Of course a lot of the hype around the iPad was centred on iBooks. Some observers predicted the iPad would be the “Kindle-slayer”, and I pointed out in my earlier post that Apple undoubtedly has the infrastructure to make the most of this opportunity. However, now I’ve used the iPad I’m more sceptical than before. There’s no doubt that iBooks is a slick application and people love the way titles are presented on a virtual bookshelf. I also think that the decision to offer A A Milne’s Winnie the Pooh as a free book was an inspired choice. It’s easy to read and will be used as a vehicle to sell the benefits of the iPad to sceptical family members who question why someone has spent their hard-earned money on the product. Nothing like a bed-time story for the kids on the shiny new iPad to gain a few brownie points at home!

However, the iPad’s weight means I can’t imagine actually reading an entire book on it. I think the Kindle or Sony’s eBook readers offer a far better solution for book lovers at this stage, although to be honest I’m still a fan of the good old-fashioned paperback. In my view, the iPad’s better suited to “snacking” on content provided by magazines and newspapers, and I expect this to be a big growth area. Roll on an iPad version of AutoSport, the Economist and Wired!

The final application that’s impressed me is Google Maps. I’d go as far as saying that the iPad provides the reference implementation for Google Maps on a portable device. It works fantastically well and it’s beautiful to look at. The problem is that I just don’t see how people will use it. I’m not going to walk down the street with the iPad in my hands trying to work out where I’m going, and although I’m sure someone has already created an iPad car mount, I don’t think I’ll be putting one on the car anytime soon, as I probably wouldn’t be able to see where I was going.

The Negatives

But it’s not all good news, and I’ve identified several shortcomings. First and foremost is the fact that I just don’t think I could justify buying an iPad with my own money. CCS Insight purchased one because we need to evaluate it, show it to our clients and tell them what we think of it. Of course, I’d like one for personal use but it’s not because I really need one. It would be an extravagance and as yet I’ve not found a compelling use for the iPad that would “change my life”.

There are of course other niggles as well — not least Apple’s refusal to support Adobe Flash. There seems little sign that Apple (or Steve Jobs) will change tack. There were even a couple of wise-cracks about HTML5 at the recent launch of iPhone OS 4. I can’t help wondering whether the lack of Flash on the iPad could become a thorn in Apple’s side as users become increasingly frustrated that the websites they know and love just don’t work as they expect.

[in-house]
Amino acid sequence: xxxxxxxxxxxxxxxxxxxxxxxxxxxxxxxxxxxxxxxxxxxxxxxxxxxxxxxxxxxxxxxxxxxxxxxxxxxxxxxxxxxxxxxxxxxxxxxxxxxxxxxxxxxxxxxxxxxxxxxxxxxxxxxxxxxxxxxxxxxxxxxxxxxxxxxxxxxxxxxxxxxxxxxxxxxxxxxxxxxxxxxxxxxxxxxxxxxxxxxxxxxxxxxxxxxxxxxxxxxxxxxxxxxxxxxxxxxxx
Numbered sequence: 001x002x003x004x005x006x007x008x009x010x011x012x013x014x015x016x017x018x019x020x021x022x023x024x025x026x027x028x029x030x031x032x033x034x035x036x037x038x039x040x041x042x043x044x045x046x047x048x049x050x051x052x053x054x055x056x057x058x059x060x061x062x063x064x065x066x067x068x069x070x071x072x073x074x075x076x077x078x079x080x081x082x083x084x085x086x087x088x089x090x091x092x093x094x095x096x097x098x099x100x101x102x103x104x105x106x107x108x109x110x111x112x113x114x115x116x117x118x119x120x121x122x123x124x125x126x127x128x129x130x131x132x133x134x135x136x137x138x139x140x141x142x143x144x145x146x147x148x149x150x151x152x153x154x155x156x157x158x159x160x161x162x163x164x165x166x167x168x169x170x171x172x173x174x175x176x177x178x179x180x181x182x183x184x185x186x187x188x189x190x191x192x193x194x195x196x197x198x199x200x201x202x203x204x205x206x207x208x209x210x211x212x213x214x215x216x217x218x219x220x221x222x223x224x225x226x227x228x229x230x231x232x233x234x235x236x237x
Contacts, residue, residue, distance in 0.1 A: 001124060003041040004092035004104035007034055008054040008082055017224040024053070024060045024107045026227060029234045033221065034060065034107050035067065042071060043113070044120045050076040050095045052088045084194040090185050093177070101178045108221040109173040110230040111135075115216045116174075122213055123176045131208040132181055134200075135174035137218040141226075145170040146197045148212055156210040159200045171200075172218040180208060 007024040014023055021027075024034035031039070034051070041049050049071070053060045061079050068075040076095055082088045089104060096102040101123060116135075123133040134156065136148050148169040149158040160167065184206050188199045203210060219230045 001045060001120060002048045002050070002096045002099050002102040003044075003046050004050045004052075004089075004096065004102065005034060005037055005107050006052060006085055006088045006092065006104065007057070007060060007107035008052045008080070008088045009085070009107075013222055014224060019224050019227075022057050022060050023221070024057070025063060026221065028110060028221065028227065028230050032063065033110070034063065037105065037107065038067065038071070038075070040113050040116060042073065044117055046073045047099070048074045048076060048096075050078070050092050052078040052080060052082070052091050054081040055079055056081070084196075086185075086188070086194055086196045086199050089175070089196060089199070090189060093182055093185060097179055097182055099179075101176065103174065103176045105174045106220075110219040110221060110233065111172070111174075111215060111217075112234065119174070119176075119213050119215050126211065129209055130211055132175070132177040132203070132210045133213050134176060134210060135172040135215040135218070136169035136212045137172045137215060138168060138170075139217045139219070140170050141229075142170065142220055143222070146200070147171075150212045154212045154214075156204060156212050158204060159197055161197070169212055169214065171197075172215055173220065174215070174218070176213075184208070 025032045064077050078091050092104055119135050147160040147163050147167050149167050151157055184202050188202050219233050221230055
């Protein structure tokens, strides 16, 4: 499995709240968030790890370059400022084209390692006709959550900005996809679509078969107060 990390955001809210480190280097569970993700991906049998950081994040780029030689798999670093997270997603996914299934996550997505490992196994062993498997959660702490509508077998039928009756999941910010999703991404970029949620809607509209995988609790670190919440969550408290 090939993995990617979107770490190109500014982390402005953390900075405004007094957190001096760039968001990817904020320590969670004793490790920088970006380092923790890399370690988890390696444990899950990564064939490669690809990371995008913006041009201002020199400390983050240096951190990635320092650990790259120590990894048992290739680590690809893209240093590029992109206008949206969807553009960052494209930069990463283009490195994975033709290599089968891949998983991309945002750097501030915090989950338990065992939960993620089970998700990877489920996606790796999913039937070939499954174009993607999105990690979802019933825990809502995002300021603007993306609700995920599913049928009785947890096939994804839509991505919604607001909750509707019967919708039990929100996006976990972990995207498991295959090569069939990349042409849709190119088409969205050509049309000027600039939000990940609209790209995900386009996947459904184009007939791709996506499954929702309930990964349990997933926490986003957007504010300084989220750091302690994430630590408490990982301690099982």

Personally I’m also disappointed by the lack of camera on the device. As a frequent Skype user I think the iPad would be great for video calling.

I was dismayed that the iPad came with so few accessories. All you get in the box is a USB cable and a power supply. It’s quite a contrast from the first iPhone, which came with a dock and headphones in addition to the power supply and cable. I’d go as far as advising anyone who buys an iPad to buy a dock. If you’re going to invest in the product and it does end up living in your lounge, you’re going to want to display your status symbol. A dock would do that perfectly, rather than the iPad just lying on the coffee table with a power cord trailing from the nearest socket.

You’ll also need a case for the iPad. I’ve not tested its durability, but it seems to me that it’s a very fragile product. I’ve not let my kids near it unless they’re sitting on a soft surface like a sofa or a bed. This is a real shame, as I think the product lends itself to younger users.

So, if you’re going to buy a dock and a case, you’re immediately looking at a further $70 on top of $500 for the iPad itself, and that’s a further barrier to purchase.

Finally, the lack of extensibility is frustrating. No SD card slot is really annoying. I know this goes against everything Apple stands for, but not being able to quickly transfer images from my digital camera to the iPad is a pain. The same goes for printing, but I’m hopeful this will be addressed in forthcoming software upgrades.

Ben Wood and iPad

The Bottom Line

So what’s my conclusion? To be honest, it’s not a lot different from the opinion we came to on the day the iPad was announced. I’m still left thinking the iPad is a super-sized iPod touch, which, as my colleague Shaun points out, “just does old things bigger but not necessarily better”.

And yet only a fool would write off Apple at the first hurdle. It’s my belief Apple has locked other manufacturers out of the tablet market with the iPad. I just can’t see anyone else having anywhere near the success Apple will have. The truth of the matter is, I still want one, just like the other half a million people who have already bought one.